Would the good times soon come to an end? Are we running out of colonial-era names to change? Would we have to go back to the days when political leaders had to at least try to govern instead of changing names? What would they do once these names had been changed?

But we need not have worried.

In corporate circles they say a capable employee will always deliver value to the organisation.

So it is with able politicians, as has been my learning these past few weeks. Elect a capable leader and leave the worrying to him. He will always deliver value.

As we have perhaps seen in the case of great corporations, each business has evolved from a human need. But once that need has been satisfied, they have kept on creating unneeded needs and the common man has kept responding, by desperately needing those unneeded needs, and buying.

So is the case with the government of Haryana, that has found ways of delivering value, as is expected of able governments working for the welfare of the common man. If changing of colonial-era names is done, what stops us from changing non-colonial-era names to, well, different non-colonial-era names? Which other state government had the foresight to offer this welfare scheme to the common man of their state? Separates the men from the boys, doesn’t it?

And it is no ordinary change. It is a change dripping with historical significance. Because it is based on a mythological fact. In Mahabharat, one of the great Hindu epics, Yudhishtir, the eldest of the Pandav princes, had gifted this site to their teacher, Guru Dronacharya. Hence its original name was Gurugram, which, translated, means Village of the Teacher, to which it has been rightfully restored. We know this since it is a mythological fact. Case closed.

Delving a little deeper into the story, sorry historical fact, Guru Dronacharya was the one who refused martial arts education to Eklavya, a child of low birth. The guru who, a few years later, astounded by the prowess of the child who he had once refused to teach, asks for his thumb as guru-dakshina (offering for the teacher) so that he could never compete with the princes he was instructing. How was the guru to know that democratic and fair winds would be blowing in the 21st century, calling upon all human beings to be treated equal. How could he have envisaged that? Hence it is important that we name it after the guru and not after Eklavya.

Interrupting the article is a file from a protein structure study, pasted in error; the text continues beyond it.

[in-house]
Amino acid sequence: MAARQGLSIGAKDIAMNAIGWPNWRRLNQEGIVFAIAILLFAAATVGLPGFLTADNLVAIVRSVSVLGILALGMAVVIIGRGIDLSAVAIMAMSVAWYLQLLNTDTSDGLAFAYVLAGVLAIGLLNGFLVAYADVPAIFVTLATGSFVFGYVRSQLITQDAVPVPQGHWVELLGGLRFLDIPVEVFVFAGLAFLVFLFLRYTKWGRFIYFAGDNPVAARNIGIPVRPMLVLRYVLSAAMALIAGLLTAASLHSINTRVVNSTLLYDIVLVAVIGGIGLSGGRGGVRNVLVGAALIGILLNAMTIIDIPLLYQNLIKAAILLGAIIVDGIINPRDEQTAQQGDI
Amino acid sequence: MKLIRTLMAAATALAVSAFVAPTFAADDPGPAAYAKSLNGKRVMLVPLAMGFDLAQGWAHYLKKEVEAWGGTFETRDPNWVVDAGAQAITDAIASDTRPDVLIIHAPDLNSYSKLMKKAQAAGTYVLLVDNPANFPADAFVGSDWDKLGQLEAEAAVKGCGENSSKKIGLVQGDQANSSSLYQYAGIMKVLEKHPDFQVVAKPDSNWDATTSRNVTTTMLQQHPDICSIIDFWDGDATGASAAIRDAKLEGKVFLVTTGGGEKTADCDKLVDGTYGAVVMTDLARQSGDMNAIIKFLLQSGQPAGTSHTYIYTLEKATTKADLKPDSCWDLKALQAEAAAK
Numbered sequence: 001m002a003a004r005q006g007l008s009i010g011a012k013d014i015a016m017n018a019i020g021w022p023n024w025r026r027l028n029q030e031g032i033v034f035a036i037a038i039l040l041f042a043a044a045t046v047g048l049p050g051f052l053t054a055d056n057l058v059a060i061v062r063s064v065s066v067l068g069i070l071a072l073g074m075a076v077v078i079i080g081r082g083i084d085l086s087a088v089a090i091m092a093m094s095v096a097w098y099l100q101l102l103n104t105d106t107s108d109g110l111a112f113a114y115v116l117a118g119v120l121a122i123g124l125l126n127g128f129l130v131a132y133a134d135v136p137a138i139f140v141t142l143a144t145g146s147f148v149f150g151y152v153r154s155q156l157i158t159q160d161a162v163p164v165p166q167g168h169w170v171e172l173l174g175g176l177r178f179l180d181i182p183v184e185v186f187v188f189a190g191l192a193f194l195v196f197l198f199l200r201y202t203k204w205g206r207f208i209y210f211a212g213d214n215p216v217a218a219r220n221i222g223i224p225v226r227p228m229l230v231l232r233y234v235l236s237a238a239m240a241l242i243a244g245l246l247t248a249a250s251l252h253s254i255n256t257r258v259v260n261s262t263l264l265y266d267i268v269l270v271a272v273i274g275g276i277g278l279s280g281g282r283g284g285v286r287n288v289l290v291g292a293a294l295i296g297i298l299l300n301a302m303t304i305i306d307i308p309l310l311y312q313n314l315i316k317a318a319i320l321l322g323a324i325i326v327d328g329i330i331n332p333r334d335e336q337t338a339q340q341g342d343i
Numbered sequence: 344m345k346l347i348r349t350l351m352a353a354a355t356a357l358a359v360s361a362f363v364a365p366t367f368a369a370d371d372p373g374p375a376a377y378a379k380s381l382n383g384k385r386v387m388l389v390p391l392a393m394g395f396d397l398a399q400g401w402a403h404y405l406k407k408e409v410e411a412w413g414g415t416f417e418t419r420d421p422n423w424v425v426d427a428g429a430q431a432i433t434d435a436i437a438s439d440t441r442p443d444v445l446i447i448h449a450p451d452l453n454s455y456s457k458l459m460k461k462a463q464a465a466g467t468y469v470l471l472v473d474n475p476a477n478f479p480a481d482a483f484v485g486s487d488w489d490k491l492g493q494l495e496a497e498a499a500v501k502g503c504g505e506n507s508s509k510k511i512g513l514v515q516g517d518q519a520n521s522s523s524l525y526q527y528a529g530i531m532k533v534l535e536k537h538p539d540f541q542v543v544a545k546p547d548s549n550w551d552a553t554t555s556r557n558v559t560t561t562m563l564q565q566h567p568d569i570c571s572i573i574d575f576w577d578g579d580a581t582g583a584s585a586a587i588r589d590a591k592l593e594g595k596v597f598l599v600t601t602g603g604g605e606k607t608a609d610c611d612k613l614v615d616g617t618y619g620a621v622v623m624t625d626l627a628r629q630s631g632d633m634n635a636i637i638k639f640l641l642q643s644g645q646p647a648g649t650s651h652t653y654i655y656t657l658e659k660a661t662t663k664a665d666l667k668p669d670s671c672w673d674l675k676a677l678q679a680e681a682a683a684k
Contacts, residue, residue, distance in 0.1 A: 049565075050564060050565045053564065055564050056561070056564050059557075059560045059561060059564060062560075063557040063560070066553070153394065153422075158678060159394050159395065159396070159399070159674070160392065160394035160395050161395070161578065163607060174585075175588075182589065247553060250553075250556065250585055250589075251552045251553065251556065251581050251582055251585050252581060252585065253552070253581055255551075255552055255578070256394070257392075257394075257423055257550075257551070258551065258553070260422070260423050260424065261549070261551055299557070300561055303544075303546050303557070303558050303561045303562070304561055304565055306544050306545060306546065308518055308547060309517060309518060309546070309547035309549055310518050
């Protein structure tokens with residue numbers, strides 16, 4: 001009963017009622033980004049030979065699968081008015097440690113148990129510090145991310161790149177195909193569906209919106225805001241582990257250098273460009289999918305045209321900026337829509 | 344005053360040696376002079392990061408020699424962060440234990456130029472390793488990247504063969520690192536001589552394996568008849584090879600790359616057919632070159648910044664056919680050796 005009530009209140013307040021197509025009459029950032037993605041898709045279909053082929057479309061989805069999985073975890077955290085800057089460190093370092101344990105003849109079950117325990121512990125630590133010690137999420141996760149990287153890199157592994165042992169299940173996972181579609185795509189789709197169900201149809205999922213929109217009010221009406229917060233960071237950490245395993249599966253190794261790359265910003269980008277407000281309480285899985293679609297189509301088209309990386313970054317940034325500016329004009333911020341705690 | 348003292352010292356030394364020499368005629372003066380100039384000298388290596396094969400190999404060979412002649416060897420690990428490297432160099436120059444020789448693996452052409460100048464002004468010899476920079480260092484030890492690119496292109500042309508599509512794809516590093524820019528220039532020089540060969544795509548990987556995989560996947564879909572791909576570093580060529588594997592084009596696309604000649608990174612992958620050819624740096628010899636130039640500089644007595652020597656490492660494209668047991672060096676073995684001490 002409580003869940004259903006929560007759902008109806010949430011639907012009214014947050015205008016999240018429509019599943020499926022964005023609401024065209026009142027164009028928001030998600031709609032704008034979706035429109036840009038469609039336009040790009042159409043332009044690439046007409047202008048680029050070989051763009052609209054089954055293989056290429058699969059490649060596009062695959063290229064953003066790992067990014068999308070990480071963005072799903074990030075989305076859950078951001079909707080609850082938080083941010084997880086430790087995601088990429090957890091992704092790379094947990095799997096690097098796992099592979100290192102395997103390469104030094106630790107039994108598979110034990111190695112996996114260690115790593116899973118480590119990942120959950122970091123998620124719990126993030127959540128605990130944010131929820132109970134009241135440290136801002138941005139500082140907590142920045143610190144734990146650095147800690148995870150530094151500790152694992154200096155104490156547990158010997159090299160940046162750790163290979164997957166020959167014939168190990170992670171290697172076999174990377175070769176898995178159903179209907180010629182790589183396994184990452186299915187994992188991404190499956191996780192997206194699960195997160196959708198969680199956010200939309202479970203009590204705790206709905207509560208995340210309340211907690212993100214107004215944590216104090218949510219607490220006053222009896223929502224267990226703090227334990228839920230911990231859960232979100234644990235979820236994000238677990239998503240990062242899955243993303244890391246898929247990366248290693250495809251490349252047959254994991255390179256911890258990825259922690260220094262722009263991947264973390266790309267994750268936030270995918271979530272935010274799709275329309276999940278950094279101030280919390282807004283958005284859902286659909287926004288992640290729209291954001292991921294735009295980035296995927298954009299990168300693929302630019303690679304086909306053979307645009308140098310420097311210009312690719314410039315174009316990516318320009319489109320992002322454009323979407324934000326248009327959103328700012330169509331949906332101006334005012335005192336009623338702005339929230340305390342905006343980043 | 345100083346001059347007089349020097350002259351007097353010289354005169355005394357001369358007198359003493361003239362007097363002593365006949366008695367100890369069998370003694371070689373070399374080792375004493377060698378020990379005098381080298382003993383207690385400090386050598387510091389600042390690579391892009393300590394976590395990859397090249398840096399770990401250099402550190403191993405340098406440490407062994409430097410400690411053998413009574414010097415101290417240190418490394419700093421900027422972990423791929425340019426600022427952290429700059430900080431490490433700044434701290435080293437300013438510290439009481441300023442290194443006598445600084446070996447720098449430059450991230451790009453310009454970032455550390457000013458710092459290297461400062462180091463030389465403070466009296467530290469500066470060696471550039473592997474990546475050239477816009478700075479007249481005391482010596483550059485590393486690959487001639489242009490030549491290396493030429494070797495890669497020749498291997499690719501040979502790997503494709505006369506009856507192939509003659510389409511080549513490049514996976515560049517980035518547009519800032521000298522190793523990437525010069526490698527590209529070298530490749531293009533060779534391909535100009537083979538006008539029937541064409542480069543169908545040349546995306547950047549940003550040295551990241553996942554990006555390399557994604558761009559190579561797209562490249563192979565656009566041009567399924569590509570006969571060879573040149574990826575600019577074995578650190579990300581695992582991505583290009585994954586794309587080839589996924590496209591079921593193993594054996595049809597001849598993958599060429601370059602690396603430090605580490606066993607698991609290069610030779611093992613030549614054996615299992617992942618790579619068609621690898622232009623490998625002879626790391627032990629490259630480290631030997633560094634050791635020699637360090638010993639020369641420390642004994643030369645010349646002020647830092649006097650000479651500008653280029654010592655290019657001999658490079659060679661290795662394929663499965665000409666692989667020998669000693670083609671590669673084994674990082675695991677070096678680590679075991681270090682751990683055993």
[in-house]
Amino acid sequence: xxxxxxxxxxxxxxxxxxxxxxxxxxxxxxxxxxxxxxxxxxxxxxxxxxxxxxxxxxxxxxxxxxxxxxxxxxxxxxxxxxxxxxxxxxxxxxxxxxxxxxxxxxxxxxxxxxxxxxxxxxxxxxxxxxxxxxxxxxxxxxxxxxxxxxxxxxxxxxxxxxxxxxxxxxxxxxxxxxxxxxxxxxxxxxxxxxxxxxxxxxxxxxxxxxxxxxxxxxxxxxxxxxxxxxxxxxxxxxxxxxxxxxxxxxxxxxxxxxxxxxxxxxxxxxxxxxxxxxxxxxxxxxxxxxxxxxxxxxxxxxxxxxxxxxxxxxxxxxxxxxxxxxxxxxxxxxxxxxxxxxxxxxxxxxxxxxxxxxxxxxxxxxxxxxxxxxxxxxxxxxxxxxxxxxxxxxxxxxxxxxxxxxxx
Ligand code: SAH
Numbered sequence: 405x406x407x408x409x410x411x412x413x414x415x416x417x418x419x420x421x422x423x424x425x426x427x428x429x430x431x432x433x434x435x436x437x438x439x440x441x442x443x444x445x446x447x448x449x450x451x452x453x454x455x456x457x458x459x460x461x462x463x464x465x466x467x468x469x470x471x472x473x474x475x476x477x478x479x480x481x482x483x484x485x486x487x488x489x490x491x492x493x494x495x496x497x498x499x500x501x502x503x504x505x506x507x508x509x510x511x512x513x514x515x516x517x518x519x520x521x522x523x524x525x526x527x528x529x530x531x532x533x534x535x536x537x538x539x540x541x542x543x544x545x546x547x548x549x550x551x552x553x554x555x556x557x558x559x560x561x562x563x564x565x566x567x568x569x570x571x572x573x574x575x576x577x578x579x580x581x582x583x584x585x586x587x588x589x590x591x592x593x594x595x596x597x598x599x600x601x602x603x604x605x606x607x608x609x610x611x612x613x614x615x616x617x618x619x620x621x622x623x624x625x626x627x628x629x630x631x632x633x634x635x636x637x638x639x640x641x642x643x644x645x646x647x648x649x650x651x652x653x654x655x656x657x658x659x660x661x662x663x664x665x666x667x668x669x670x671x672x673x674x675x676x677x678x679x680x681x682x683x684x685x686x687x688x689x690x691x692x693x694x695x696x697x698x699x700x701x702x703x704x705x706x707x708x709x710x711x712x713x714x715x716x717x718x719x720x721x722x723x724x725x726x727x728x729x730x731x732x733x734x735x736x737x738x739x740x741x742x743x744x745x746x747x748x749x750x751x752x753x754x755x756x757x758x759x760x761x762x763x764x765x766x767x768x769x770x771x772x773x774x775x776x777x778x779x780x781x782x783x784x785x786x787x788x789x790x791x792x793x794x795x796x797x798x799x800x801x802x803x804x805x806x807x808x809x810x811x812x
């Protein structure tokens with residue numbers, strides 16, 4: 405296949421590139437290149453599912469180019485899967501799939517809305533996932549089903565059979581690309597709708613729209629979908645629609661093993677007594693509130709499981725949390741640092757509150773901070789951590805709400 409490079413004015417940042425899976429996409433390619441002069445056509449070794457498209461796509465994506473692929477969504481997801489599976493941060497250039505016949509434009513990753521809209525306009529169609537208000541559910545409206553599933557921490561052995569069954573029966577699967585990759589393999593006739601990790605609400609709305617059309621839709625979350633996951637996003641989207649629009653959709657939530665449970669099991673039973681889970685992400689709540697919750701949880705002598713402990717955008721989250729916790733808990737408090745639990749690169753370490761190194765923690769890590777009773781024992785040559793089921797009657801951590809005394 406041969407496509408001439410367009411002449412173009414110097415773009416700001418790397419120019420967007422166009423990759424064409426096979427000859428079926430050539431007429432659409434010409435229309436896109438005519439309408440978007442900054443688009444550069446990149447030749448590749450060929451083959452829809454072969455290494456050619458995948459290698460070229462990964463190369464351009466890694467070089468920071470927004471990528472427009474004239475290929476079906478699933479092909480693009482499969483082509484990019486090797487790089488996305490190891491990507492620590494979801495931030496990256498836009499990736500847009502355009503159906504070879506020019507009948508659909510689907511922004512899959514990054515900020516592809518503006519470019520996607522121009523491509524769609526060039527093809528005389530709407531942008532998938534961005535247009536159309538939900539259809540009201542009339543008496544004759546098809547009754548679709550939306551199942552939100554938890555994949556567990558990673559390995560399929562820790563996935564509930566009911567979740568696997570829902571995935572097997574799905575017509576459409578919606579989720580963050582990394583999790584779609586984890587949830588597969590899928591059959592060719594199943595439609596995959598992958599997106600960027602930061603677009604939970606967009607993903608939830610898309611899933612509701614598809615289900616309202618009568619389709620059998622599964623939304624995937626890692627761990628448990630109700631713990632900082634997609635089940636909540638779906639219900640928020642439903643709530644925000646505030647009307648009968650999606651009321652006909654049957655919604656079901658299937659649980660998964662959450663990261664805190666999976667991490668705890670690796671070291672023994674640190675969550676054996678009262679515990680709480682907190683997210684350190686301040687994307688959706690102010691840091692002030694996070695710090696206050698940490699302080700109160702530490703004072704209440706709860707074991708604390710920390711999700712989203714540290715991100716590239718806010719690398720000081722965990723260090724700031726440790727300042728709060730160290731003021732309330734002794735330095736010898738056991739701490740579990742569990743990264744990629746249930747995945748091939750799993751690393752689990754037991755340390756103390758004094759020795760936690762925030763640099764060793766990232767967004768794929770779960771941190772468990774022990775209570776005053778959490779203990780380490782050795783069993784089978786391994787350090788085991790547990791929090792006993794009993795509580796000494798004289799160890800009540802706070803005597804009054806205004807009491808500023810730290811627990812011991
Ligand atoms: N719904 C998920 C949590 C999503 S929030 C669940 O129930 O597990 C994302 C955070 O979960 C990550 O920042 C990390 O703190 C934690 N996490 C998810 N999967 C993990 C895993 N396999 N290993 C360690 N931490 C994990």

The sigh of relief across the nation is palpable. Yes we can. We can change the names of places. Whether colonial or non-colonial.

It follows, therefore, that we will be able to dodge nuclear missiles and hydrogen bombs from hostile states.

Bareilley to Barasat and Mandu to Meerut, each self-respecting village, taluka and town is voraciously reading up historical myths to find a suitable name that will lead them to everlasting happiness. They don’t want to be left behind.

The Haryana government, it appears, even after taking this momentous decision, was humble enough to acknowledge the role the common man has played. “This has been done because of a demand from the people”, they have graciously acknowledged.

Now we know why potholes in roads have not been filled. Why electricity supply is erratic. Why there is no street lighting. Why loudspeakers are allowed to operate beyond 10 PM at night. Simply because there has been no demand from people. What other reason can there be?

But this humble acknowledgment has confused the common man. If it was a demand from the people, how many were killed and how many billions worth of property destroyed, they have demanded to know. After all, the last demand from the people in the state was for reservation by the Jat community a couple of months back in which several were killed and property worth billions destroyed, and rape allegations pertaining to which are still being investigated. When did this, the name-change, demand come from the people?

The government has clarified that for a demand from the people to be accepted by the government, it needs to be made on the night preceding the night of the full moon, at a time that is neither prior to 7 PM nor later than 8 PM, on a day when an earthquake of an intensity of at least 6.5 on the Richter scale has struck with an epicentre that is not more than a thousand miles away, the Chief Minister is wearing a pink kurta and had consumed three idlis for breakfast alongwith cold milk, and within 24 hours of the 75-year old Governor having run 100 metres in under 10 seconds.

If the above conditions are not met, then, to be successful, the demand from the people, whether made or not, will be for an ideology based decision the government has been dying to take.

“A rose by any other name would smell as sweet”, argued Juliet in William Shakespeare’s Romeo and Juliet. But that was her opinion. We have ours.